WASHINGTON (Reuters) – U.S. employers announced another 262,649 job cuts in July as the COVID-19 pandemic continued to weigh on demand, the latest indication that the labor market recovery is losing steam.
The layoffs reported by global outplacement firm Challenger, Gray & Christmas on Thursday were up 54% from June.
The job cuts, the third-largest monthly total since the coronavirus pandemic began, followed data this week showing a big step-down in private payrolls in July and further contraction in employment at manufacturing and services industries.
Hiring announcements totaled 246,507 in July, almost matching layoffs, Challenger, Gray reported.
“The downturn is far from over, especially as COVID cases rise around the country,” said Andrew Challenger, senior vice president at Challenger, Gray. “Consumers are buying fewer goods and services, businesses are closing, and bankruptcies are rising.”
July’s job cuts brought the total so far this year to 1.848 million, up 212% from the same period in 2019. The year-to-date layoffs are just 109,180 away from the record 1.957 million job cuts announced in 2001.
The weak labor market data raises the risk of a sharper slowdown in job growth in July. The Labor Department will publish its closely watched, and broader, monthly employment report on Friday. According to a Reuters survey of economists, nonfarm payrolls likely increased by 1.6 million in July, down from the record 4.8 million jobs created in June.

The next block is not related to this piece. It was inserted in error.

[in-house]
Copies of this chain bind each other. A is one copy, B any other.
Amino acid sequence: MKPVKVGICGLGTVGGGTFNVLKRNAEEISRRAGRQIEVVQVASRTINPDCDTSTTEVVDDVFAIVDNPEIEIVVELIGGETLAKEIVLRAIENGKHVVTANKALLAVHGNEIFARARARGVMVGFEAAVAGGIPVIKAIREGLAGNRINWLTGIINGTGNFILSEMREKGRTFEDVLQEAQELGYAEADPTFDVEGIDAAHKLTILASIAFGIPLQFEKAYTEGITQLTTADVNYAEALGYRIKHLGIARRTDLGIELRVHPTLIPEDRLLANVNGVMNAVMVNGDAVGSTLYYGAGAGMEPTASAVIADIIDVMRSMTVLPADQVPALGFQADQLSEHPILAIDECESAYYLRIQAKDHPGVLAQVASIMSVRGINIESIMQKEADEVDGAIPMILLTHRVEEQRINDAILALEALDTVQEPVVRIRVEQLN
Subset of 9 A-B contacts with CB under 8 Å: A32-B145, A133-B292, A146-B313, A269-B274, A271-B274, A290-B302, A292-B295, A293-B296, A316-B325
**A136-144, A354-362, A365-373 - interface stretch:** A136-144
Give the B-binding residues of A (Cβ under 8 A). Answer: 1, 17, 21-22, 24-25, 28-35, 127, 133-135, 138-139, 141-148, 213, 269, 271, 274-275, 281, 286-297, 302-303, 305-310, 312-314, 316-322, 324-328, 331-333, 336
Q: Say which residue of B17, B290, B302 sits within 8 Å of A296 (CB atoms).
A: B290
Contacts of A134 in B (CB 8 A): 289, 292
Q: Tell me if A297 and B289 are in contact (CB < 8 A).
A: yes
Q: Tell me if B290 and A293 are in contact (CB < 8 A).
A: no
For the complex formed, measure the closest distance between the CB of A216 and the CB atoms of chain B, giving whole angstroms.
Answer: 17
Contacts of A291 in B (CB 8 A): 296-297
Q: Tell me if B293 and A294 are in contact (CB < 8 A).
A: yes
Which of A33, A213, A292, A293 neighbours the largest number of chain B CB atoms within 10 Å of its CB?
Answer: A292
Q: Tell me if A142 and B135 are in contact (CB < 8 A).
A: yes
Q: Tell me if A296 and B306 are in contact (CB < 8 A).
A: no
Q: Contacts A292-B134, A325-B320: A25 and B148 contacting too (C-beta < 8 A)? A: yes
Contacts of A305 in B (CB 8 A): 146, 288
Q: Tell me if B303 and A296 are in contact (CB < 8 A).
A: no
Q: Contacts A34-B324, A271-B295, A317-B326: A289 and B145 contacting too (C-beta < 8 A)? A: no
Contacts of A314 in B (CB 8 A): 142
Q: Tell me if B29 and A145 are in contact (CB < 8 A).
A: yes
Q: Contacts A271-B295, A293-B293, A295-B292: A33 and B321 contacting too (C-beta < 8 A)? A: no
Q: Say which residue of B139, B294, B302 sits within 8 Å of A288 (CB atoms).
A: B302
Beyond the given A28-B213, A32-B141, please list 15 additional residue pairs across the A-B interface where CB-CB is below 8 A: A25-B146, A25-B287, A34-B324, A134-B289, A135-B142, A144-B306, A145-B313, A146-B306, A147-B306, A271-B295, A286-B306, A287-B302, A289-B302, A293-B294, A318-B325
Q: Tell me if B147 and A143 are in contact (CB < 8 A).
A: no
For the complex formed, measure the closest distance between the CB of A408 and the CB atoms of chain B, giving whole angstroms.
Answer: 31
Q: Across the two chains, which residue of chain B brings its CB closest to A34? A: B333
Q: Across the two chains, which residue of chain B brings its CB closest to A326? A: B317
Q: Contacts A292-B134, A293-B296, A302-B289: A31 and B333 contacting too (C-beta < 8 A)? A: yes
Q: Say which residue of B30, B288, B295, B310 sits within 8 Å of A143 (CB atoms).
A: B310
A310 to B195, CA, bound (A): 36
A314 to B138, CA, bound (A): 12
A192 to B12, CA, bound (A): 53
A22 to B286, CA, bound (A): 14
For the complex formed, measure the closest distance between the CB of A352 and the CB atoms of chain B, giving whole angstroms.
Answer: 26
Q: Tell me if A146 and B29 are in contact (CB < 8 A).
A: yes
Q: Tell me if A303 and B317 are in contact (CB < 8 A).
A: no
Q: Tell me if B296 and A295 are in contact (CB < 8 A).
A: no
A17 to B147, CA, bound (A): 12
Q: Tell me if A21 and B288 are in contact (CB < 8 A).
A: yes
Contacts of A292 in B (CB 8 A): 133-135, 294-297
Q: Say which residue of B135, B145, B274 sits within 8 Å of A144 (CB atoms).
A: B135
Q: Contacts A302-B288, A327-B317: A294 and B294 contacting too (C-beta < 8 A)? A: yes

According to Challenger, Gray & Christmas, COVID-19 was cited as the reason for 63,517 job cuts in July. The respiratory illness has been blamed for 1.075 million layoffs so far this year. The balance of job cuts in July were attributed to market conditions, a downturn in demand and bankruptcies.
Several retailers including J.C. Penney and Lord & Taylor have filed for bankruptcy since March. Job cuts remained concentrated at bars, restaurants, hotels and amusement parks. The automotive sector cut 83,853 jobs. Hiring announcements totaled 246,507 in July, almost matching layoffs.
“It is clear that many job losses are now permanent, and it will be challenging for many workers to find new jobs and feel safe taking jobs that are public-facing,” said Challenger.